Electronic Arts (EA) Games recently confirmed that SIMS 4’s official poster will be featuring a same-sex couple. The SIMS franchise has always featured Queer characters in its games. However, it is not the only or the first game to ever feature LGTBQ characters as part of its game-play. Similarly, the role of video games in the LGTBQ community has finally started to gain recognition.
GLAAD, a leading institution for LGBTQ visibility in media, has been honouring TV shows that positively showcase the community, for the past 30 years. Along the way GLAAD has widened its genres to include English language films and theatre, to name a few. This year, finally, GLAAD Media Awards 2019, will be recognising video games that have LGBTQ characters. This has been long-awaited. But better late than never, right?
In honour of LGBTQ characters being recognised within Video Games, here are a few Video Game characters who are actually LGBTQ. And, some of these games are rooted in history.
So here is our list of LGBTQ characters in Video Games you need to know about:
1. Birdo From Super Mario Bros
Didn’t expect that right? Introduced in Super Mario Bros 2 over 30 years ago, Birdo is one of the very first transgender characters in the world of video games. Ever since her debut in 1988, this magenta egg-spitting character has been described as a boy who thinks he’s a girl. Furthermore, according to Nintendo’s in-game description, Birdo preferred being called ‘Birdettta’. In the Japanese version of the games, Birdo is referred to as Yoshi’s girlfriend. But she “is actually his boyfriend”.
2. Eleonor Kliesen a.k.a Leo from Tekken
Tekken is a favourite for those who love playing fighting video and arcade game. So when the franchise introduces an LGBTQ character, it has to be mentioned. Leo first appeared in Tekken 6, in 2009. However, questions were raised about the characters sexual identity. This was because Leo had the ability to use both male as well as female player items. Additionally, the game always referred to the character in a gender-neutral way. This along with Leo’s unrevealing clothing adds mystery to the gender of the character.
However, in 2011, the game revealed the full name of the character as Eleonor Kliensen, making her female. According to Out Magazine, Leo was deliberately created with an androgynous gender by the Bandai-Namco team as they wanted a character that can be loved by all fans regardless of gender. This makes Leo ‘trans-friendly’.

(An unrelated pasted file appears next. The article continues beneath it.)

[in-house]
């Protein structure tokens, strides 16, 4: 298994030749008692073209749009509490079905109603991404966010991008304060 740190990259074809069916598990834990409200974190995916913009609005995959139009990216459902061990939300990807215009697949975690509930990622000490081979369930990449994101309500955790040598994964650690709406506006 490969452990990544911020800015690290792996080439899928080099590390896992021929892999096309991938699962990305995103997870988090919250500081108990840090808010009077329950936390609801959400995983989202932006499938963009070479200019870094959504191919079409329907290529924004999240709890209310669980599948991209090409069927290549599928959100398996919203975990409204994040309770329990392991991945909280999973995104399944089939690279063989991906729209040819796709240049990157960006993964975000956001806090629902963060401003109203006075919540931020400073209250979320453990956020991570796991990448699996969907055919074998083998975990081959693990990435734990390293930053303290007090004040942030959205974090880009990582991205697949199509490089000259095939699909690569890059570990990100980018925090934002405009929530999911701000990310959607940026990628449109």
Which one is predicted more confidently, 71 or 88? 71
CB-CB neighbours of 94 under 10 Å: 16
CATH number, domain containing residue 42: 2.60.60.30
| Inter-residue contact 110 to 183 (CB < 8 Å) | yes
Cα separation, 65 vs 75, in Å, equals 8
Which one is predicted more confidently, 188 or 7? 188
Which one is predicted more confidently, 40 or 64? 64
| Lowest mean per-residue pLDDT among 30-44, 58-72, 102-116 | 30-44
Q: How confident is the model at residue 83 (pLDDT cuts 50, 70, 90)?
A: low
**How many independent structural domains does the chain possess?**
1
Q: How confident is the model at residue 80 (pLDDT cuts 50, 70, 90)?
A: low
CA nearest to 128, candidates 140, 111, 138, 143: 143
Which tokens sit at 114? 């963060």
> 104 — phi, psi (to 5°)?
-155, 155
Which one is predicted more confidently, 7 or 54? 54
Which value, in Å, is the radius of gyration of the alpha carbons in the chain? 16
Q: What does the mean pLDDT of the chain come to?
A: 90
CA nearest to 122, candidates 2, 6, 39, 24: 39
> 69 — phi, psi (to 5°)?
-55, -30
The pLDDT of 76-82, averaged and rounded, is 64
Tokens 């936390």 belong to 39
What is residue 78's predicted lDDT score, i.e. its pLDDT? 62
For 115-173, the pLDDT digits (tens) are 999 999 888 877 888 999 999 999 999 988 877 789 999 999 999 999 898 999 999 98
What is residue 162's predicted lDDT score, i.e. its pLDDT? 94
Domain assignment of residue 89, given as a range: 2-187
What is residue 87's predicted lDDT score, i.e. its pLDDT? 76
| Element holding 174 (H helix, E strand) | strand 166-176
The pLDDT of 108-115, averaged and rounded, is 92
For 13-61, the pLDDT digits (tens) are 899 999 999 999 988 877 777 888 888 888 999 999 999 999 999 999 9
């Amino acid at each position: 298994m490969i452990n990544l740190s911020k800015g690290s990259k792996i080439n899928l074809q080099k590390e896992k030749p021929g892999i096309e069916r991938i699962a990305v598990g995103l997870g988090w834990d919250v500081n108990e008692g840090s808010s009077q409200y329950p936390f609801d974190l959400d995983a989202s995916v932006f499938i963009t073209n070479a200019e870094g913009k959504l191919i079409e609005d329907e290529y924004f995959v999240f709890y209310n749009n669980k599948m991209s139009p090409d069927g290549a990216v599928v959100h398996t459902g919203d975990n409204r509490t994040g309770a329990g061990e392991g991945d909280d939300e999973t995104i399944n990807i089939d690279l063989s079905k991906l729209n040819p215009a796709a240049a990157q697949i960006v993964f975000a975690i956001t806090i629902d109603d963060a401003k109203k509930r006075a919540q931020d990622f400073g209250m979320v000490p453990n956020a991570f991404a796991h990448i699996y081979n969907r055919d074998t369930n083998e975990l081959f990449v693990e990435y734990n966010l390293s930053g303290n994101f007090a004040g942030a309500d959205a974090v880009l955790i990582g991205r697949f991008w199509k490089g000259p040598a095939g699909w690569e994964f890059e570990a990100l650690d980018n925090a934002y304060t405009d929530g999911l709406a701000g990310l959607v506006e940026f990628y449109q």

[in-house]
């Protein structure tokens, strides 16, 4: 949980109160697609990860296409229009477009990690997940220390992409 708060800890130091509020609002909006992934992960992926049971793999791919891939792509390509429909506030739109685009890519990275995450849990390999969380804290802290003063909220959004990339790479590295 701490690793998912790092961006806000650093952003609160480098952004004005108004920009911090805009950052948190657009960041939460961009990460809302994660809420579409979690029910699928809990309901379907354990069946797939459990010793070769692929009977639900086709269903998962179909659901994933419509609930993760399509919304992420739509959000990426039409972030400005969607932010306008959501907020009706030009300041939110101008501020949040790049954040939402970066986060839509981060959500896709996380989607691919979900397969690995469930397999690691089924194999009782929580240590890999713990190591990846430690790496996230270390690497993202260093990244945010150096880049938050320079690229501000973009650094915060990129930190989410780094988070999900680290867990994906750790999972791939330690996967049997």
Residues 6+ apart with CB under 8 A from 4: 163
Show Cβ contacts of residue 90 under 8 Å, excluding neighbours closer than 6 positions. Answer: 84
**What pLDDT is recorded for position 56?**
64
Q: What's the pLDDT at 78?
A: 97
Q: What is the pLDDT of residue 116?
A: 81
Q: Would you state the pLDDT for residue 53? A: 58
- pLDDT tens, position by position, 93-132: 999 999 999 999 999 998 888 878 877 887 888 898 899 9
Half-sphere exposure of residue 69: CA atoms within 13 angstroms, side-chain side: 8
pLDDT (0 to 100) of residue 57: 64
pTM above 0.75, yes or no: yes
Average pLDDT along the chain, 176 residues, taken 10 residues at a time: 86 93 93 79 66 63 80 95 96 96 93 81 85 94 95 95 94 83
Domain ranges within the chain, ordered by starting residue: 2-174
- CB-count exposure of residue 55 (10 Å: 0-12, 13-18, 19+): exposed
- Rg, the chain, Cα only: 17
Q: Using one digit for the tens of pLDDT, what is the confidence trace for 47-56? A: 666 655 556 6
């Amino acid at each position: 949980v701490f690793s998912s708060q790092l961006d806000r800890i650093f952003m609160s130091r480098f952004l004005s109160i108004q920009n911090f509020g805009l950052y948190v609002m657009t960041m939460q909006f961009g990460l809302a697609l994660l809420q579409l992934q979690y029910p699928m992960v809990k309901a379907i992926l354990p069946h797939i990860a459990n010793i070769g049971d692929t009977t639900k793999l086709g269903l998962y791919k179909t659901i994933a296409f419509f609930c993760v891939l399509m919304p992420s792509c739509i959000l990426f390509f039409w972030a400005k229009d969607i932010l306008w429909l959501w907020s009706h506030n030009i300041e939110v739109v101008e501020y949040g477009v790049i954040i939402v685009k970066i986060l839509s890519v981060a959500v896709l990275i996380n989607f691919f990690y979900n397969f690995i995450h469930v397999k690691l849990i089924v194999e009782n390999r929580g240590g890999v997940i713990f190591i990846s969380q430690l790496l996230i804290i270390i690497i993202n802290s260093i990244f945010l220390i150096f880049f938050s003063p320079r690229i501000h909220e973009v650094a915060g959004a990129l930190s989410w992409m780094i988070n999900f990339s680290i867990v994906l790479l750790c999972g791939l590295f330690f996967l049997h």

3. Anthony Prince a.k.a Gay Tony from GTA
Grand Theft Auto has always had Queer characters in its series. However, one character that cannot be ignored is Gay Tony. He made his first appearance in GTA IV, in 2009. As the name suggests, the character is gay. Who is Gay Tony? A night-club owner in Liberty City. He also has his own extension to GTA IV game known as ‘The Ballad of Gay Tony’. The character partly based in gay co-proprietor of Studio 54, Steve Rubell. Portraying the king of nightlife as gay, gave his character depth, beyond his villain-ish motives and outlandish back-story.
4. Assassins Creed Odyssey
Assassin’s Creed Odyssey is a game that showcases everything queer. In the world of LGBTQ video games, Odyssey can be considered as a holy grail. Gamers get to play either Alexios or Kassandra. These protagonists can have a romantic relationship with a whole array of characters, and gender isn’t a barrier. Set in Ancient Greece, players get introduced to other LGBTQ+ characters and their relationships. Supposedly, Aveline de Grandpre, the protagonist of Assassins Creed IV: Black flag, is also an LGBTQ character. The character’s orientation is interesting and open for players interpretation. Most of the assassin usually wear the “tricorne hat, shirt, and trousers”. However, Aveline wore a gender-neutral robe and hood.
5. Poison from Street Fighter and Final Fight
Originally introduced as a Female Villan in 1989, Poison is a fighter in the arcade game Final Fight. She is, however, often regarded as the first transgender character in the history of gaming. While the fighter originally assumed a cis-gender female role, publisher Capcom changed their identity to “shemales”. This was because of the concerns about violence against women. The character fought alongside her accomplice Roxy, who was also trans, in the Japanese version of Final Fight. To avoid the depiction of violence against women, Capcom replaced the two characters with male villains in the North America versions of the game. Since then, Poison has become a part of the legendary game franchise ‘Street Fighter’. According to Yoshinori Ono, producer of Street Fight IV, Poison is a post-op transsexual woman in the North American game.
It is interesting to see that LGBTQ characters have always existed in Video games. Hopefully, the next time you play any of these iconic games you will remember that they have featured LGBTQ characters.
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